Teresa Grider:" Level was just under 3' (easy as it gets) Denis Brown was Canadian visiting for the whitewater. I wasn't there for the pin---the Canadians with two locals were running in the front of the pack, and he'd been under water 10 minutes before we showed up. His body pinned on log, 6 feet from shore river right. His boat pinned on top of body not clear if one or both legs were still in boat when pin occurred. We were able to pull the boat loose by pulling upstream. The body went deeper and was hard to access; he was freed when local SAR showed up with a chain saw We had lifted him up a few times by dropping a loop under the log and pulling his upper body up but didn't free him CPR for 20 minutes or so before calling it ​

 

I was in Portland on a business trip and took a day to paddle on Sunday April 12, 2015. A business associate/friend from Portland and I connected with a crew running the Farmlands section of the White Salmon. It was my and his first time on this run. We had around 14 paddlers in the group but split up into smaller groups with groups staying in the vicinity of each other.

Everyone made it safely below Lava falls with only a couple flips and rolls. Shortly below Lava my group made it halfway through a long rapid that I would rate a class IV and took eddies. The group below us was out of their boats and signaling us to stop. They were attempting to communicate using hand signals, yelling and whistle blasts. I assumed there was wood in the bottom of the rapid. We held our position and someone made it from downstream coming up river right and told us to get out of our boats. I ferried to river right and started my portage still not knowing what the issue was.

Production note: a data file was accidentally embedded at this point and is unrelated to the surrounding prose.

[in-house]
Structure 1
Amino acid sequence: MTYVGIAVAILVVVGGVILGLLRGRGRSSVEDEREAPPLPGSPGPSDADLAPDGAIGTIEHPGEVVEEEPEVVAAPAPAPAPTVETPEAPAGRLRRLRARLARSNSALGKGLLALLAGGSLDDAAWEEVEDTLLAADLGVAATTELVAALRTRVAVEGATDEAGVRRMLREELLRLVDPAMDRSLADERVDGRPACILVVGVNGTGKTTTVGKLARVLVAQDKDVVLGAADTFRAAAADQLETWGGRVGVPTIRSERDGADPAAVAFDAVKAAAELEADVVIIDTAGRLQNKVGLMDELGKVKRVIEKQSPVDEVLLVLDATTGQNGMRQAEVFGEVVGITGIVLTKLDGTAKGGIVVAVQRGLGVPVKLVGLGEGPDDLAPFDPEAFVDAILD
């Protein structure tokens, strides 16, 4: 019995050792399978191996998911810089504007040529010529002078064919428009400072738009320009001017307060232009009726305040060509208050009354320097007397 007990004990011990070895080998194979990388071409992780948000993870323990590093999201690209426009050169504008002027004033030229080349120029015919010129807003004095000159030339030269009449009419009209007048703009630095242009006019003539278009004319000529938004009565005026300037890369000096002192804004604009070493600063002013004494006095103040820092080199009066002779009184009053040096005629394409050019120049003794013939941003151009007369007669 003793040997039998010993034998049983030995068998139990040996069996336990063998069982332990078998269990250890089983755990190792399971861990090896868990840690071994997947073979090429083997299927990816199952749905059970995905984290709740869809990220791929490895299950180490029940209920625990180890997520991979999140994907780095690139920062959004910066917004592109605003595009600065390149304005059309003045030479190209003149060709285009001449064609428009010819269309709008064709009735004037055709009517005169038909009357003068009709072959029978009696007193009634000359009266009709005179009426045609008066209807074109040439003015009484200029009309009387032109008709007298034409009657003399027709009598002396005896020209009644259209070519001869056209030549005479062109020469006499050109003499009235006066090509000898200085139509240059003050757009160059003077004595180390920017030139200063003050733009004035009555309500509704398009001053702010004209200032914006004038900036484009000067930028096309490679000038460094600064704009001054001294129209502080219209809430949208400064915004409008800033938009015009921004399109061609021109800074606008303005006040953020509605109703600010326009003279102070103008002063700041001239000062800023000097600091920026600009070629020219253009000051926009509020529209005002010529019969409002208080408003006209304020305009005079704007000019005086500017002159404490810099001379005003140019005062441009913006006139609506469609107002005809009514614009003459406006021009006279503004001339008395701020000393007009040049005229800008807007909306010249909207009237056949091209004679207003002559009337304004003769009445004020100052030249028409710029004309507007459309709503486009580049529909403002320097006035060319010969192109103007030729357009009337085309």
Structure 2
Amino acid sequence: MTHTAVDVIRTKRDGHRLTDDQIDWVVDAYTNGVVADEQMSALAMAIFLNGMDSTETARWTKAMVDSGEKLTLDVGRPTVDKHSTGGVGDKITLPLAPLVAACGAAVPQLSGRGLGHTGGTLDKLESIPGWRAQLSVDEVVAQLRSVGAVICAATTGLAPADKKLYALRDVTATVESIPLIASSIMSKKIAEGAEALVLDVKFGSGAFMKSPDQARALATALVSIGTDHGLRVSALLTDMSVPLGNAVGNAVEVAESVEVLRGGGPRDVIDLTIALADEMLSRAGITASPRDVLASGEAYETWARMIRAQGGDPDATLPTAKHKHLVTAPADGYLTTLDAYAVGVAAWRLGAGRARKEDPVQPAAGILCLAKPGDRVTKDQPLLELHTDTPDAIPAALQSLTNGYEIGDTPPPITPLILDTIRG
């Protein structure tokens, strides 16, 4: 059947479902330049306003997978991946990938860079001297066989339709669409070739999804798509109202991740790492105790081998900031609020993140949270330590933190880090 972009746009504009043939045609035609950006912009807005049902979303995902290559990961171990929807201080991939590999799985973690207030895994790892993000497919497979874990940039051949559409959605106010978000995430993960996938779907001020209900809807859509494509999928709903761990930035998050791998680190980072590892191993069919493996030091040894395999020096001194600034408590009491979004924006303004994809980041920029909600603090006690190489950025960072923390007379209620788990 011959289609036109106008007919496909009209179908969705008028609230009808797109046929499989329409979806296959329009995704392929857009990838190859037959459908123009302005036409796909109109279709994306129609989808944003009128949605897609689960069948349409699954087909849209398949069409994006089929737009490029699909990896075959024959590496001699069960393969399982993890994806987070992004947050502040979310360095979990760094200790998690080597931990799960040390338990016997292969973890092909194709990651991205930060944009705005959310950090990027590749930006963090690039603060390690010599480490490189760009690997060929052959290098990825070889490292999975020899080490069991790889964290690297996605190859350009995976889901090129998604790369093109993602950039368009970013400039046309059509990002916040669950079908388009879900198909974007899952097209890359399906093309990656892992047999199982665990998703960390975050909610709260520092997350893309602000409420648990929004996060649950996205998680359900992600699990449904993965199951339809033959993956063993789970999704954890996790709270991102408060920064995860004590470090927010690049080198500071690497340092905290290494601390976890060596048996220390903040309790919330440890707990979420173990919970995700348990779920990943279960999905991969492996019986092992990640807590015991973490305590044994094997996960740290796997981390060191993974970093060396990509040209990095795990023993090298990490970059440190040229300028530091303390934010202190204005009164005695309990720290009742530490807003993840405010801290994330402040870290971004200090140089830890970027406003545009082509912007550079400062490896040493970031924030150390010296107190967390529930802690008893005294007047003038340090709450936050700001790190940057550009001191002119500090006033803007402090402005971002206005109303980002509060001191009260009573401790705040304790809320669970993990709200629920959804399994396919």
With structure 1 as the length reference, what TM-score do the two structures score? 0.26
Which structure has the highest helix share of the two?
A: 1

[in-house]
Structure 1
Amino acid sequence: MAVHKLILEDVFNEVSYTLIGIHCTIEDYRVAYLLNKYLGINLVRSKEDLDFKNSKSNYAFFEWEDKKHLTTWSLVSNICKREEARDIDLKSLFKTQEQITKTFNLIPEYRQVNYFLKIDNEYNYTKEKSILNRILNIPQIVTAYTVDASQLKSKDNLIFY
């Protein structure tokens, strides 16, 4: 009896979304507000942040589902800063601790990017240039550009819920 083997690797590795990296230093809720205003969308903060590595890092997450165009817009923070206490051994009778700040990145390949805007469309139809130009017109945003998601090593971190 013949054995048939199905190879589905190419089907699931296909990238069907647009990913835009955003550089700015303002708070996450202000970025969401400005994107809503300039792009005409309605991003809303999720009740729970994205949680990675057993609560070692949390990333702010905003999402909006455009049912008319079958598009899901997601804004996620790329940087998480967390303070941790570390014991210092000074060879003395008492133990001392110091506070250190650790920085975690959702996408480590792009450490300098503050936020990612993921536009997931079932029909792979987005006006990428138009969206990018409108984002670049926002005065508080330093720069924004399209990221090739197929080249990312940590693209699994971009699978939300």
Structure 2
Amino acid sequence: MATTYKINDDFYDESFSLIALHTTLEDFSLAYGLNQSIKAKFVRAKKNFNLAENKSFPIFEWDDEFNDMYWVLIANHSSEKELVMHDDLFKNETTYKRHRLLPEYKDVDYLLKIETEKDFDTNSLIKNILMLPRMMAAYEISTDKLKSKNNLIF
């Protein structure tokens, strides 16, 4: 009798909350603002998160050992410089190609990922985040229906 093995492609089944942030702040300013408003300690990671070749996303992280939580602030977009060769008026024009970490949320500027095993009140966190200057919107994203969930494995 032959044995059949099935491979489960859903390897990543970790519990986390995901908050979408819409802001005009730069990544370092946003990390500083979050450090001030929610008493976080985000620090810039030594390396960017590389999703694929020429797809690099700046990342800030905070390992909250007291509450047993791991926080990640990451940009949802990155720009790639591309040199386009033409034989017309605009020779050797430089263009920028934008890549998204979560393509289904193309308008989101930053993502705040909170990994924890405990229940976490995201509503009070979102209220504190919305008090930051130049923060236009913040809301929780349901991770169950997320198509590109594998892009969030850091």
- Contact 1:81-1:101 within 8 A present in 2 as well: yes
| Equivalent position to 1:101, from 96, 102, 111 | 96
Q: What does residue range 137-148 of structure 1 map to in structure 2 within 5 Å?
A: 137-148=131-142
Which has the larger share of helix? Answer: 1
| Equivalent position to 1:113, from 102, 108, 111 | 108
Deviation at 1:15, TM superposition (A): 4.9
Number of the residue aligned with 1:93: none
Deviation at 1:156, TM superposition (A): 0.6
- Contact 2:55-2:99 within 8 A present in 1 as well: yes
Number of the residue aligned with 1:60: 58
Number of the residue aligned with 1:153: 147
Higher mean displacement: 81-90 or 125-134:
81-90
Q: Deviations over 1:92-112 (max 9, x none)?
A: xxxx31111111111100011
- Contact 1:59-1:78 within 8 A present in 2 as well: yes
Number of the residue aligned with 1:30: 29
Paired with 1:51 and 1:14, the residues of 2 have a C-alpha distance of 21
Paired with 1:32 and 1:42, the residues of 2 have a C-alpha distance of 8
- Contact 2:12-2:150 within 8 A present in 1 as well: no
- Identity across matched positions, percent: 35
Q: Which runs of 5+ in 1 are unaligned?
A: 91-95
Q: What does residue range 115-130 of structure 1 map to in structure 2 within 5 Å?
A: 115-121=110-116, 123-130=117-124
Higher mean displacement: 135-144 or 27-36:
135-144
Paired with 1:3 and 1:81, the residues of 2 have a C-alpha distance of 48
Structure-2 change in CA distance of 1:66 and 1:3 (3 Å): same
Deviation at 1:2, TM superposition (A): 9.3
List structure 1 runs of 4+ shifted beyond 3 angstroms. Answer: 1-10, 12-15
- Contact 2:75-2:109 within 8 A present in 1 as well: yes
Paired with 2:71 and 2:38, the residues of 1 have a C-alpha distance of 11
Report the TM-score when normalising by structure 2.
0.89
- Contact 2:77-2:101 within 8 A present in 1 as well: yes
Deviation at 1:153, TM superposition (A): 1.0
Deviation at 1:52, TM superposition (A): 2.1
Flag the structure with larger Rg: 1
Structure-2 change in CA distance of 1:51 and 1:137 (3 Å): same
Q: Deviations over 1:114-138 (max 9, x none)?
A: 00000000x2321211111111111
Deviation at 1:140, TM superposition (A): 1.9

Part way down I noticed the pinned boat on river right less than five meters from the shore. This was in the last part of the rapidly moving water at the very end of the rapid and could possibly be considered the run out. The boat was vertically pinned less than half to halfway out of the water. A fallen tree came down from river right into the water perpendicular to the river which was causing the pin. There was a rope coming from river left that appeared to be attached to the boat with two paddlers manning the rope. There was another rope on river right attached to the boat that ran close to perpendicular to the shore and to an anchor on a tree. Several boaters were pulling on the rope and the boat would move but not come free. There was a since of urgency.